The pace of such projects requires cutting tools to be on the machine at short notice. Working with WNT (UK) Talon has developed a standard list of tooling, including HPC cutters, Type W Alu line cutters, as well as making major use of WNT’s Centro P toolholding system. Most of the cutting tools are held in WNT Vending machines, which can hold up to three months of stock, ensuring availability around the clock.

In some respects the complex work that Talon is producing for Ariel appears to be suited to 5-axis machining, but Talon has taken the decision to maximise its 3-axis vertical machining centres. The components being machined include wishbones, accelerator and brake pedals and assemblies, handbrake and chassis brackets, most requiring significant 3D milling. Unusually, Ariel  requires feed marks to be visible and, in some cases, corner radii machined to resemble welds, leading to some complex programming. As part of this project, Talon has adopted new machining techniques with the support of WNT, with trochoidal milling being the way forward for much of the machining undertaken. “As this project moves forward into production trochoidal milling will bring further advantages as it reduces the stress and pressure on machine spindles,” says process engineer Sam Chinn.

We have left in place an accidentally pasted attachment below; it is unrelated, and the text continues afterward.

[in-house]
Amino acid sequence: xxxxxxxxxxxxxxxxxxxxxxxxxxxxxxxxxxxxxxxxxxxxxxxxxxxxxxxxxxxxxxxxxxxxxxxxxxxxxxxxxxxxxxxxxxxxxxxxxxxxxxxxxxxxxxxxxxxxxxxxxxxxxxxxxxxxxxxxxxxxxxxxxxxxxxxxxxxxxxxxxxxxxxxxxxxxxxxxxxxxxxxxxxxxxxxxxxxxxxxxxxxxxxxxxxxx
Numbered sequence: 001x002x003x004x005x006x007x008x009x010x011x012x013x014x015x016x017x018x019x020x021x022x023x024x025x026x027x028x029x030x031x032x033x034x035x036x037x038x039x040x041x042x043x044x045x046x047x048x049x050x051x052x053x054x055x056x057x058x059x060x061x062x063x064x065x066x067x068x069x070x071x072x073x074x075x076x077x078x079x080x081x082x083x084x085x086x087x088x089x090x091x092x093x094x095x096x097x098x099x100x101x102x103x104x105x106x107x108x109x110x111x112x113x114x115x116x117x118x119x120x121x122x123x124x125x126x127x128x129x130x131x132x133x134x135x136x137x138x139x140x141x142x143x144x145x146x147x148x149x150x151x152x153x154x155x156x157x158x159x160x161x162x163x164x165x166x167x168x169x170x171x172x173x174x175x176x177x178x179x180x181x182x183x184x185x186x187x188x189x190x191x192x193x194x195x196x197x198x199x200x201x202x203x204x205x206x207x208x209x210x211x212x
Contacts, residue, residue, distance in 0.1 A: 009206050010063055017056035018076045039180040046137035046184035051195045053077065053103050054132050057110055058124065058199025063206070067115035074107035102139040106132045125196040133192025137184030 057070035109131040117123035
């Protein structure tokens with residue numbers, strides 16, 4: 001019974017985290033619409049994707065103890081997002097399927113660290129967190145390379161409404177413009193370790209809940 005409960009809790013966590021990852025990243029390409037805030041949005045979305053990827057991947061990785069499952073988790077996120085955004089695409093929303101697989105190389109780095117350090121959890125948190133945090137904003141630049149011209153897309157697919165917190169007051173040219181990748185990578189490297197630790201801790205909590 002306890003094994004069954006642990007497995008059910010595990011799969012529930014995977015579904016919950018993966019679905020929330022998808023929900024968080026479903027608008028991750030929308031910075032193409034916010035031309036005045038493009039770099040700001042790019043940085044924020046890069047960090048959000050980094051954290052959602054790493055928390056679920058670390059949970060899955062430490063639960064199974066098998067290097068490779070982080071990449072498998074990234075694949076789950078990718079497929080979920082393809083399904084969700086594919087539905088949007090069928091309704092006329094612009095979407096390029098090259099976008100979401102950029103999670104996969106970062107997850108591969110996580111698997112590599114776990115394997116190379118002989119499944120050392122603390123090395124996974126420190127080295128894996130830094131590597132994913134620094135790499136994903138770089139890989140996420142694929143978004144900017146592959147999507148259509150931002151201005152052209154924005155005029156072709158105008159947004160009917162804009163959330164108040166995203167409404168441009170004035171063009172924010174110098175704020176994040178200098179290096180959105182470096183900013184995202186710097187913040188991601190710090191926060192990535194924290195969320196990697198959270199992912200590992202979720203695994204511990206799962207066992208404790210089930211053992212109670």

machining centres
XYZ’s UMC-5X aims to meet the needs of a wide variety of customers

In the wider, high volume, automotive sector, any advantage on machining of components will return significant dividends. Around 50 million turbo chargers are produced worldwide annually. These parts must withstand temperatures of 1300°C in service, and productive face milling can be a challenge due to abrasive stainless steel or cast-iron workpiece materials. In addition, the complex shape of these thin-walled components makes for intricate clamping and a process that is highly susceptible to vibration. Sandvik’s new M612 indexable insert face milling cutter is designed especially for this purpose.